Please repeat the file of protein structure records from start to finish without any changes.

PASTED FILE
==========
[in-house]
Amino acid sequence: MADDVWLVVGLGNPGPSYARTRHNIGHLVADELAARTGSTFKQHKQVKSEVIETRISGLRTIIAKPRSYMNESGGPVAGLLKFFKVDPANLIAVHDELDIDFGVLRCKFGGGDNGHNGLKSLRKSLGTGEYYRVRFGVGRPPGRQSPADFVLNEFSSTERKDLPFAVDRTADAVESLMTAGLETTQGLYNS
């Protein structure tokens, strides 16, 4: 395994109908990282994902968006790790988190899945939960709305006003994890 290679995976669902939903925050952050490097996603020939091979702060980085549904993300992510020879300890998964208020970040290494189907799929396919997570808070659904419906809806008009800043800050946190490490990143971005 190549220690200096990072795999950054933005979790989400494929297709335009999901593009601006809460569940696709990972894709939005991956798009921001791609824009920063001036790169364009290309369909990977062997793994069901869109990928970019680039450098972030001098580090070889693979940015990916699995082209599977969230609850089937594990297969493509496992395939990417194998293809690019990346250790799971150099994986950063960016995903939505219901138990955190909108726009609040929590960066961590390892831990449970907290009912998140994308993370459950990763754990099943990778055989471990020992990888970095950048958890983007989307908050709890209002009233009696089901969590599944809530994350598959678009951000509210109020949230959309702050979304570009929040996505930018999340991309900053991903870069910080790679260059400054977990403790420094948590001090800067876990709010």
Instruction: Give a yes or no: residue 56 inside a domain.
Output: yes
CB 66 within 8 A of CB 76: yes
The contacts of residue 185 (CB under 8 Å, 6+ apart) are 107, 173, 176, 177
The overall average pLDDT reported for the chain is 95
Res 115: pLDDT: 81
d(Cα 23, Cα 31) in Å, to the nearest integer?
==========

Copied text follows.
[in-house]
Amino acid sequence: MADDVWLVVGLGNPGPSYARTRHNIGHLVADELAARTGSTFKQHKQVKSEVIETRISGLRTIIAKPRSYMNESGGPVAGLLKFFKVDPANLIAVHDELDIDFGVLRCKFGGGDNGHNGLKSLRKSLGTGEYYRVRFGVGRPPGRQSPADFVLNEFSSTERKDLPFAVDRTADAVESLMTAGLETTQGLYNS
């Protein structure tokens, strides 16, 4: 395994109908990282994902968006790790988190899945939960709305006003994890 290679995976669902939903925050952050490097996603020939091979702060980085549904993300992510020879300890998964208020970040290494189907799929396919997570808070659904419906809806008009800043800050946190490490990143971005 190549220690200096990072795999950054933005979790989400494929297709335009999901593009601006809460569940696709990972894709939005991956798009921001791609824009920063001036790169364009290309369909990977062997793994069901869109990928970019680039450098972030001098580090070889693979940015990916699995082209599977969230609850089937594990297969493509496992395939990417194998293809690019990346250790799971150099994986950063960016995903939505219901138990955190909108726009609040929590960066961590390892831990449970907290009912998140994308993370459950990763754990099943990778055989471990020992990888970095950048958890983007989307908050709890209002009233009696089901969590599944809530994350598959678009951000509210109020949230959309702050979304570009929040996505930018999340991309900053991903870069910080790679260059400054977990403790420094948590001090800067876990709010």
Instruction: Give a yes or no: residue 56 inside a domain.
Output: yes
CB 66 within 8 A of CB 76: yes
The contacts of residue 185 (CB under 8 Å, 6+ apart) are 107, 173, 176, 177
The overall average pLDDT reported for the chain is 95
Res 115: pLDDT: 81
d(Cα 23, Cα 31) in Å, to the nearest integer?